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This month, Todd Peterson, CEO of VitalSkin Dermatology, focuses on how to identify potential buyers and perform your own initial due diligence on them before putting your practice up for sale.
In our previous months’ Selling Your Practice articles, we discussed why so many physicians are doing so, how to make a decision on whether to sell your practice, why it’s helpful to continue running and growing it, how to prepare early, and assembling a team of experts. We also suggested educating yourself on various issues, starting with the difference between the two most common type of transactions—capital sales and asset sales. We covered the need to complete an objective analysis of your practice, and develop a financial pro forma. Last month, we discussed the need to prepare for negotiation by understanding what you want from selling your practice, and the importance of truly understanding its value. This month, we’ll turn our focus toward identifying potential buyers, and performing your own initial due diligence on them before putting your practice up for sale.
When considering potential buyers for your practice, it may help to separate them into two categories; financial buyers and strategic buyers.
Financial buyers are often private equity firms or venture capital firms looking to generate a financial return by investing in practices with a positive cash flow, sustainable competitive advantages, significant growth prospects, and a clear exit strategy. Financial buyers often acquire practices using a leveraged buy-out, where debt capital is used to finance as much as eighty percent (80%) of the acquisition price—meaning the purchased practice must generate enough cash flow to service the debt load. Financial buyers spend a significant amount of time and money learning and coming up to speed with the target industry. As a result, the transaction can often take a little more time as the buyer learns the opportunities and threats provided by the industry, and analyzes the strengths and weaknesses of a practice. Often, the first several practice acquisitions will provide a business platform for subsequent such investments by a financial buyer. However, the opportunity to become a platform investment becomes significantly reduced once the industry becomes saturated with similar buyers. Because their initial investments will become a platform for a financial buyer, the purchased practice(s) must have strong and scalable back-office capabilities, and able to increase efficiently as more practices are acquired.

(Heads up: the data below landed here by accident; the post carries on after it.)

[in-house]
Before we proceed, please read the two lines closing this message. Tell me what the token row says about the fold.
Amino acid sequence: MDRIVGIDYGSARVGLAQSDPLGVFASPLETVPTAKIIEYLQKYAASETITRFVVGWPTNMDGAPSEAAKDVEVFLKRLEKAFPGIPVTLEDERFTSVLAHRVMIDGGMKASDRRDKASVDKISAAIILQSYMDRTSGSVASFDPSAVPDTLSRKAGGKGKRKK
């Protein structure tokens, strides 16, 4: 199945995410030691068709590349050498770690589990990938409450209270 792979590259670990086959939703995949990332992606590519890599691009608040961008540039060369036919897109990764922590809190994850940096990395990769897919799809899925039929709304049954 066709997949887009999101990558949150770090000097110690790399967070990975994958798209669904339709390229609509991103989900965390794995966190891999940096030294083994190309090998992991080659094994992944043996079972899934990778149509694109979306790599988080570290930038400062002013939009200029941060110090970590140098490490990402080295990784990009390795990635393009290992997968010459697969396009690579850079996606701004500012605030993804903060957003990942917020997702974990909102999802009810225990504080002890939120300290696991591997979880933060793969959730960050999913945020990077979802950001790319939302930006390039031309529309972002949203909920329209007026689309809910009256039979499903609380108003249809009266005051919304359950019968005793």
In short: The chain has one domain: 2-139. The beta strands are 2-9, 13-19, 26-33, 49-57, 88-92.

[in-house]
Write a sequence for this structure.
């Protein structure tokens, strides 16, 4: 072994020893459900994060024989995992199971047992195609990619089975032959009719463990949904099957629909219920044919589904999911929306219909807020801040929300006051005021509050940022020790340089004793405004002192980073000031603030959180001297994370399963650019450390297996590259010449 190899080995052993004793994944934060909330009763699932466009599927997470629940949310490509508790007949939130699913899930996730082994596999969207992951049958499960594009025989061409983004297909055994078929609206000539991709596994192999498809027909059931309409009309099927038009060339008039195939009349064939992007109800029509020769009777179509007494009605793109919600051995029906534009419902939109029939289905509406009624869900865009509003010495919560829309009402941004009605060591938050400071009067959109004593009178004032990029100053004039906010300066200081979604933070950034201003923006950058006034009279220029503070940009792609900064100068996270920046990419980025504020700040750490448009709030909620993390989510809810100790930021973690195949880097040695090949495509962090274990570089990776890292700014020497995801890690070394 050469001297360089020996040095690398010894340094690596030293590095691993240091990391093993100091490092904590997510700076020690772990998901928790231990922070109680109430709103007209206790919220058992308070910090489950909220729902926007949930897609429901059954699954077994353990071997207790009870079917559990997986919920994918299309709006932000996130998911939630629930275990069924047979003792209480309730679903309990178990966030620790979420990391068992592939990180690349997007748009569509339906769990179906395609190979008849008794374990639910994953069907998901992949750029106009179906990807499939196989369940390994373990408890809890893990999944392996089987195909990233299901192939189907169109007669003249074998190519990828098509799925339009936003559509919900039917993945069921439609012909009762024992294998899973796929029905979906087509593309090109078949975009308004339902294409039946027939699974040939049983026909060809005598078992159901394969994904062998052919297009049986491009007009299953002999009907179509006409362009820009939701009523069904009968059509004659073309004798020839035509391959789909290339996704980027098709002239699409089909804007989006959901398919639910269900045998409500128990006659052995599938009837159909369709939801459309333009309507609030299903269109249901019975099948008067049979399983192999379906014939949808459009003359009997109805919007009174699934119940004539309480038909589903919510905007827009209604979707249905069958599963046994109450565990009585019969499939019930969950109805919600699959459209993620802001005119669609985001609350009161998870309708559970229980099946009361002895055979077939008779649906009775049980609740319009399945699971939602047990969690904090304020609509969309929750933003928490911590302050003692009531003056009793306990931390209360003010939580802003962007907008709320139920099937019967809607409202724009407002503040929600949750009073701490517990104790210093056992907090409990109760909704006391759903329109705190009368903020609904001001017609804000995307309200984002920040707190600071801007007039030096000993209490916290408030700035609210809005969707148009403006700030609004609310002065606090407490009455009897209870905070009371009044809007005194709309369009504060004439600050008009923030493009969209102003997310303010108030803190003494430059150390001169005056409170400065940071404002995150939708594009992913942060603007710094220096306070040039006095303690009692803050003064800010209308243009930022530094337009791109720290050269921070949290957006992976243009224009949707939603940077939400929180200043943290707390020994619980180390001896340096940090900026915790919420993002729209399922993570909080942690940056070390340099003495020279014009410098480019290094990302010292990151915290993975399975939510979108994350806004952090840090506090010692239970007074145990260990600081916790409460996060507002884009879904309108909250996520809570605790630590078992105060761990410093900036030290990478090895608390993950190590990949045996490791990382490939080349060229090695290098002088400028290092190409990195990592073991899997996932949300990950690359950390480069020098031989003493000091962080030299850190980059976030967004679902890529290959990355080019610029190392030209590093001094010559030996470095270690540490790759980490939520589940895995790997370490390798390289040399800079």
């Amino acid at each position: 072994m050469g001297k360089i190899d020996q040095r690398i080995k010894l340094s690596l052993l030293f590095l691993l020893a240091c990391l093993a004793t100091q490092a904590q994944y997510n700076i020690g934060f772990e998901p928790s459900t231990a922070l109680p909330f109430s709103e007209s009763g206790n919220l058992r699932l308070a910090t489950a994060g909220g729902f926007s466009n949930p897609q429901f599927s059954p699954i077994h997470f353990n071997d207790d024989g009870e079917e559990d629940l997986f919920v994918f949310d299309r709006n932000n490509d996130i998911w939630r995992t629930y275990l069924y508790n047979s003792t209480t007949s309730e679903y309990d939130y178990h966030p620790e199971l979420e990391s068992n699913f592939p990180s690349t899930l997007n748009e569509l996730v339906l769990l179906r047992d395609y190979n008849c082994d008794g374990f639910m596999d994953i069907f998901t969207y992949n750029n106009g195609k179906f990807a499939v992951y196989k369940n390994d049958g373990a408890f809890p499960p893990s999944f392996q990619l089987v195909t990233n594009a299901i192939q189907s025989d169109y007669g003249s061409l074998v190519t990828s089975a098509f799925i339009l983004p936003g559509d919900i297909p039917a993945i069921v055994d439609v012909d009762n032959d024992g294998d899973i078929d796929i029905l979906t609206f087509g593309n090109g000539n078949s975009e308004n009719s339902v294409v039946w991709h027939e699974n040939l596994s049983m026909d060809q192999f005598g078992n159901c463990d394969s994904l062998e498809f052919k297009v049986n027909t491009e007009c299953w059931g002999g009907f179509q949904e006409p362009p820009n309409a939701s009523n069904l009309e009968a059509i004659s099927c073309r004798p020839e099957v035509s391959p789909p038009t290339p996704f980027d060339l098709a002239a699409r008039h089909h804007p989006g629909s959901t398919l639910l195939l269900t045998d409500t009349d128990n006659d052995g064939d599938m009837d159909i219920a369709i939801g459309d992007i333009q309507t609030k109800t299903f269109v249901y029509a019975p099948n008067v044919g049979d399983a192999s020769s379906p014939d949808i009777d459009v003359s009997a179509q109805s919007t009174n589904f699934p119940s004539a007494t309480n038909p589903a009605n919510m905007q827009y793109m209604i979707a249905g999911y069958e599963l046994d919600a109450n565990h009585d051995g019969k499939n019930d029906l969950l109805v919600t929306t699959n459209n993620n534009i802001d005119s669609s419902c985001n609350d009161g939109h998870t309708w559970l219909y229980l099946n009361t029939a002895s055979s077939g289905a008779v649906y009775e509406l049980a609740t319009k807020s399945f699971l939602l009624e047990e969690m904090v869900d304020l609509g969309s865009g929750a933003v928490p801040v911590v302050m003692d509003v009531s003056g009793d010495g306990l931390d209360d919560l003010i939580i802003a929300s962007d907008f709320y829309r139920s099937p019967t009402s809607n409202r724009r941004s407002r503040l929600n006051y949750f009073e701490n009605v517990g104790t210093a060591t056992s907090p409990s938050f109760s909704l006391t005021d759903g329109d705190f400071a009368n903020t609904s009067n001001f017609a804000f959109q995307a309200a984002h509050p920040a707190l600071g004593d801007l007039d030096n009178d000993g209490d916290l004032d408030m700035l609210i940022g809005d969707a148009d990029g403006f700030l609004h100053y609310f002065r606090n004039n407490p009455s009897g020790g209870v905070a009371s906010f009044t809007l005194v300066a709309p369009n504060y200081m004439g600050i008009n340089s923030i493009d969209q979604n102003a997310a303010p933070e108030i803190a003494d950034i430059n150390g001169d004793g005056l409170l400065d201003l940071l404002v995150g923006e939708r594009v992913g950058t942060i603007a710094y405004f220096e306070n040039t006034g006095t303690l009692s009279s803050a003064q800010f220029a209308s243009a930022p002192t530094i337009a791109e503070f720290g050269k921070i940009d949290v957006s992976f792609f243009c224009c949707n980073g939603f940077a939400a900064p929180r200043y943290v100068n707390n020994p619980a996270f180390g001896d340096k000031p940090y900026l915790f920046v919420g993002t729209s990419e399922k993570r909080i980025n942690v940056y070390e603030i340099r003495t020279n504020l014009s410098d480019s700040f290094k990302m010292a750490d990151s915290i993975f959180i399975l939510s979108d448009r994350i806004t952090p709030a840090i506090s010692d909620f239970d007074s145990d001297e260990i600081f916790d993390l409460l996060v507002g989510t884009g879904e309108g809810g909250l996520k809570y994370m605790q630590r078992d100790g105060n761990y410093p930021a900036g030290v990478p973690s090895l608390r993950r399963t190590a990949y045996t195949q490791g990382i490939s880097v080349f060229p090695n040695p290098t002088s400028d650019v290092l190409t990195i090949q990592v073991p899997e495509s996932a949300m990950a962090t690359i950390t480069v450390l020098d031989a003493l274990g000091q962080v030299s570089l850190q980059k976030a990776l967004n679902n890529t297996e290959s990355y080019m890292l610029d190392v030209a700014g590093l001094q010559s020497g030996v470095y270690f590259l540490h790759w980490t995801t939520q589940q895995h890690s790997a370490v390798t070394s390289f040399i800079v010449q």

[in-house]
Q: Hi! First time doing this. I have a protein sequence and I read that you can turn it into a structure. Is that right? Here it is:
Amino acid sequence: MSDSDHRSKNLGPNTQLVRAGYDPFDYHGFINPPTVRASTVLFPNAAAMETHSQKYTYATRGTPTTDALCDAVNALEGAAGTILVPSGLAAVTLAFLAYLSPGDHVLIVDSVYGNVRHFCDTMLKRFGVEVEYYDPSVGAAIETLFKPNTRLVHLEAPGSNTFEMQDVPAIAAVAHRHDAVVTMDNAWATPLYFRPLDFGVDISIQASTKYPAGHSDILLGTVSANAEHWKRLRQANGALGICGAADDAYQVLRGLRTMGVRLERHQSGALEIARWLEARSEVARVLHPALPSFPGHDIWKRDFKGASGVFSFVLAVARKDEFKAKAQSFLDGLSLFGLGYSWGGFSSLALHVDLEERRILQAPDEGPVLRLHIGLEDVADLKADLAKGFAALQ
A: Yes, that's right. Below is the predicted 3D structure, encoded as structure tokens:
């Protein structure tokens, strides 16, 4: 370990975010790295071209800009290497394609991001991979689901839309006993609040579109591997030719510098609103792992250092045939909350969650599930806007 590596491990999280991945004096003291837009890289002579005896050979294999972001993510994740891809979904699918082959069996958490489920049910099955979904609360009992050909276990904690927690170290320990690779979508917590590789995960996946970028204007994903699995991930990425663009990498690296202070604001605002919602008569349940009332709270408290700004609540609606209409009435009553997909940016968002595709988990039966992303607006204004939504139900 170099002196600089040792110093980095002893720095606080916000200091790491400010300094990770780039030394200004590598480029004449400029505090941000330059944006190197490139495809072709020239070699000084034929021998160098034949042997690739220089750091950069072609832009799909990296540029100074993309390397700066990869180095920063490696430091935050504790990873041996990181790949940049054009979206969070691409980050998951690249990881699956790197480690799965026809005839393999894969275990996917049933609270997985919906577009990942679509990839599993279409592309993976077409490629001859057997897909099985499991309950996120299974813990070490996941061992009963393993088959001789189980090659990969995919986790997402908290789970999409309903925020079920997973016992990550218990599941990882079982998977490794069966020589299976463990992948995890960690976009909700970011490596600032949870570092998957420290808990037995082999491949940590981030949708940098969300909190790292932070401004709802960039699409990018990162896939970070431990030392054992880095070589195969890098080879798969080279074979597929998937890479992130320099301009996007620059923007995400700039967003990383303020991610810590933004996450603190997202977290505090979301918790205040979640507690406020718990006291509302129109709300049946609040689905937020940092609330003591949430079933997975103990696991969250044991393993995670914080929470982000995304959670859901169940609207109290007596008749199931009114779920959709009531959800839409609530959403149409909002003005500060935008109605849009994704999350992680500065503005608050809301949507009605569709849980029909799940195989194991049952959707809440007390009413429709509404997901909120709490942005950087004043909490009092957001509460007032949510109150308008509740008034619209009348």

The time horizon for financial buyers is almost always short-term, meaning an investment of three to five years. They’re often looking to grow their platform investment through additional acquisition activities—referred to as “roll up” strategies. Usually, these add-on acquisitions are smaller and command a lower price or multiple. But when added to the larger platform, they immediately become more valuable because the parent company then commands a higher value or multiple. This is referred to as an “arbitrage” strategy. At the end of its investment horizon, and after growing its business, the financial buyer will want to unlock the value of investments through a liquidation event. This is when its assets are sold to another financial investor, a strategic investor, or the practice is taken public.
Strategic buyers are ones who are already operating in the industry. Often, they’re competitors who are interested in horizontal or vertical integration. Examples of horizontal integration might include accessing new geography, new product lines, or new distribution channels. For instance, a dermatology practice in a nearby suburb could be interested in acquiring your practice to provide it with access to your particular market, or your cosmetic dermatology expertise. Vertical integration occurs when customers or suppliers integrate their company into your market space. For instance, a primary care physician group that has historically provided you with patient referrals may be interested in acquiring your dermatology practice to capture that referral revenue for itself. Recent examples of vertical integration include national health insurance companies, medical suppliers, and retail pharmacy companies or regional hospital organizations acquiring physician groups.